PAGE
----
This is Serious

If supposedly scholarly elaborations of the myth that fractional reserve banking is inherently fraudulent make claims that are ludicrously at odds with the facts, while more popular presentations of the myth are downright laughable, that doesn’t make the myth itself either funny or harmless. On the contrary: by encouraging people who might otherwise be inclined to oppose heavy-handed government regulation of private industries to favor, on ethical grounds, the outright prohibition of many ordinary banking transactions, the myth that fractional reserve banking is inherently fraudulent strengthens the hand of officials and others who want to hamstring bankers for quite different, but equally unsound, reasons, not excluding a general dislike of free enterprise.

Yet (as I and others have argued often on this site an elsewhere), conventional fractional-reserve banking is capable of yielding enormous benefits to society. What’s more, it has proven most capable of doing so when and where it has been allowed to flourish with the least government interference, including interference aimed at making certain bankers the beneficiaries of government favors. An unbiased and open-minded review of the historical record will make clear to anyone who undertakes it, that it is not those nations that have heaped regulation upon regulation on most of their banks, while favoring one or several with privilege after privilege, that have enjoyed the greatest financial stability. It is those that have mainly relied upon open competition between banks free of special privileges that have witnessed the greatest financial stability. As for those that have attempted, or have succeeded, in banning ordinary banking altogether, if they can be said to have enjoyed financial stability, it is only because they have stagnated.


[1] In this respect Bagus and Howden remind me of my twin brother Peter.  When we used to play army together, I often managed, thanks to my well-honed tactical and stalking skills (and, let’s face it, all around physical and mental superiority), to sneak up on him with my toy Tommy gun and let him have it at point-blank range, only to hear him repeatedly shout, “You missed me!” However, when Peter acted that way, I could always settle matters, without risking legal repercussions, by beating him up.

[2]I should not be surprised if some members of the anti-anti-Rothbard vigilante squad treat my reference to “Lord Keynes’ ” remarks as further proof (Exhibit “A” being my occasional references to “aggregate demand”) that I’m a dyed-in-the-wool Keynesian, and as such someone all right-thinking free market types ought to ignore. For the record: I am not now, nor have I ever been, especially fond of Keynes’ General Theory.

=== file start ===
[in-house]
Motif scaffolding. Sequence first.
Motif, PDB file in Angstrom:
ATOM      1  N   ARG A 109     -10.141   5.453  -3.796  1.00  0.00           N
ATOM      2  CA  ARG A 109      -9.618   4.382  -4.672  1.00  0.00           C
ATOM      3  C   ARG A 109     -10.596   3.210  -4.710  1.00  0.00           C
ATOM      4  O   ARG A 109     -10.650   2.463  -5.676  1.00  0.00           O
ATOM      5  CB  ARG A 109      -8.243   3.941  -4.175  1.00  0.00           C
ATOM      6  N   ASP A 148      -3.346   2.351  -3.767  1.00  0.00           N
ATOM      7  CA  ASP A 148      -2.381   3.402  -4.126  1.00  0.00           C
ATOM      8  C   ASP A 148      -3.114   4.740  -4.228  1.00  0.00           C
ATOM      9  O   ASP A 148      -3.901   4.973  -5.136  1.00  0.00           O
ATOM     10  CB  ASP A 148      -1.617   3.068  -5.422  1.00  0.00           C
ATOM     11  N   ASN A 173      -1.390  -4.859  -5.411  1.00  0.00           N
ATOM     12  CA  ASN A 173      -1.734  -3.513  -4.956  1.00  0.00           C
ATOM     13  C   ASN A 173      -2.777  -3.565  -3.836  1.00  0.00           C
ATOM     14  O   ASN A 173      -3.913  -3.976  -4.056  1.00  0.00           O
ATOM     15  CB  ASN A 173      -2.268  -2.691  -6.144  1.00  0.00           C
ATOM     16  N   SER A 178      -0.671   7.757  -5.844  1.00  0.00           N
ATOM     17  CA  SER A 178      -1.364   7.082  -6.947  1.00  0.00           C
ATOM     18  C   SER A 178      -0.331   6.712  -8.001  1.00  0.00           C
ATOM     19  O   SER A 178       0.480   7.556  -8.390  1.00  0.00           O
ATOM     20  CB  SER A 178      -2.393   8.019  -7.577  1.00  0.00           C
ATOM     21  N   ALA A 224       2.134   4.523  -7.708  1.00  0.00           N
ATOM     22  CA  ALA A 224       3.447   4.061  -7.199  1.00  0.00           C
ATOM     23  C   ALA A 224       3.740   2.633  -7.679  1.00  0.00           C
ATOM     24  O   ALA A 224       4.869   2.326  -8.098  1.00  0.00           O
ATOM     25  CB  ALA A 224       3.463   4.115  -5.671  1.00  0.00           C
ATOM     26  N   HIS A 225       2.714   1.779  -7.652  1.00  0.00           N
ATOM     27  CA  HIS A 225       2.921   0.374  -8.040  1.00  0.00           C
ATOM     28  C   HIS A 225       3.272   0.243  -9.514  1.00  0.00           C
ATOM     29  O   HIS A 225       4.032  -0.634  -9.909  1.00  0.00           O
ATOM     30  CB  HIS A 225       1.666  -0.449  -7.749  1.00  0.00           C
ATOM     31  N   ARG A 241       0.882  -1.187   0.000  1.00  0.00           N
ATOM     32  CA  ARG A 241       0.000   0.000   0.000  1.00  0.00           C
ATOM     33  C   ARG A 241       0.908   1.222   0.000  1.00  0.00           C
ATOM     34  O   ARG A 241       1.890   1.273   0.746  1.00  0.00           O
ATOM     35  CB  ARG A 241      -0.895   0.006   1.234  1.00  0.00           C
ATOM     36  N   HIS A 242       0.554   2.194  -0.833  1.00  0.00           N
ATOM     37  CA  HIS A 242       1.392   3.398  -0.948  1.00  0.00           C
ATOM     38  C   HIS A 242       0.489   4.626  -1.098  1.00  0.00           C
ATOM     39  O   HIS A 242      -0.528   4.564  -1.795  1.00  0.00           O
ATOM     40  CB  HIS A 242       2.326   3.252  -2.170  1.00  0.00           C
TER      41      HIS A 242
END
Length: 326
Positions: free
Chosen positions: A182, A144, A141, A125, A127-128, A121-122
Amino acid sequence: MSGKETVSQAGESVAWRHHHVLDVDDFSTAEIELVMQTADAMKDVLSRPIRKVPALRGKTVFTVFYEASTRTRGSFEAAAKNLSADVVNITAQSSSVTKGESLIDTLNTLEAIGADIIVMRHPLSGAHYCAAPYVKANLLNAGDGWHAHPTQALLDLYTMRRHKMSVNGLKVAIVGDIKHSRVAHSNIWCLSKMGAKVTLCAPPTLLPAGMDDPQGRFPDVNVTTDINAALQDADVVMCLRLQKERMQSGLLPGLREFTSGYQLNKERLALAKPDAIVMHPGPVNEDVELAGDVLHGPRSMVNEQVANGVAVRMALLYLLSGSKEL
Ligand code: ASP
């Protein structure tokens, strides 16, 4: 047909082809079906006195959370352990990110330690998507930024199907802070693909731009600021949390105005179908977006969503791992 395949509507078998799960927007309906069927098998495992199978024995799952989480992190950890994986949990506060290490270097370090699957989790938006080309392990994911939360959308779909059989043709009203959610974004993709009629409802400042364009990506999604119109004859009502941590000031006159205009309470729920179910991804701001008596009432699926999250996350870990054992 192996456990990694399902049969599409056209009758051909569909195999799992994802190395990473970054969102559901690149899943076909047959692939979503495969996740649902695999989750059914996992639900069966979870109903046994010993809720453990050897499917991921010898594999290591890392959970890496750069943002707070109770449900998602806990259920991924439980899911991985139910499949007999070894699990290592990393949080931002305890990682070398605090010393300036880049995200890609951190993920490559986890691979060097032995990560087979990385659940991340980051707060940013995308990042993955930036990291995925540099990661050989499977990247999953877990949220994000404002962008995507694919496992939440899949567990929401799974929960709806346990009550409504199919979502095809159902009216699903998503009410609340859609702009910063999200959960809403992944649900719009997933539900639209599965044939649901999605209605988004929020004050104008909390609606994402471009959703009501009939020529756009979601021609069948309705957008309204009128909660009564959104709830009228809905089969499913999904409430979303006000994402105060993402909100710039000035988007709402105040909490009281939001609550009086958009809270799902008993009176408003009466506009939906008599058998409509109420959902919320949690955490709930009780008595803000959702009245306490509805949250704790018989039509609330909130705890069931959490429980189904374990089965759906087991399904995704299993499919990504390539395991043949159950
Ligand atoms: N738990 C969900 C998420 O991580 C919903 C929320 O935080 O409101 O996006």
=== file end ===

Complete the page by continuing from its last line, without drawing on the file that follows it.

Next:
[3]I have since discovered that Mr. Kim did his postdoctoral research at the Department of Economic History and Institutions at Universidad Carlos III in Madrid.

[Cross-posted from Alt-M.org]

While same-sex couples ought to be able to get marriage licenses—if the state is involved in marriage at all—a commitment to equality under the law can’t justify the restriction of private parties’ constitutionally protected rights like freedom of speech or association. Masterpiece Cakeshop, a bakery in Lakewood, Colorado, declined to bake a cake for the wedding of Charlie Craig and David Mullins. Jack Phillips, the shop’s owner, considers himself to be both an artist and a committed Christian whose faith permeates his art. Consistent with that faith, he will not create cakes marking events or ideas that violate his beliefs, such as cakes celebrating Halloween, incorporating hateful or vulgar messages, or celebrating any marriage that he believes is contrary to biblical teaching. While he refused to make the wedding cake, he did offer to make the couple any other cake they might like. Craig and Mullins responded by filing a charge of sexual orientation discrimination with the Colorado Civil Rights Commission, which found that Jack violated the Colorado Anti-Discrimination Act and rejected his First Amendment defenses, saying that baking and decorating custom wedding cakes does not constitute artistic expression. The Colorado Court of Appeals affirmed and the U.S. Supreme Court agreed to hear the case. Cato has filed an amicus brief supporting Masterpiece Cakeshop and urging the Court to vindicate Americans’ right not to speak.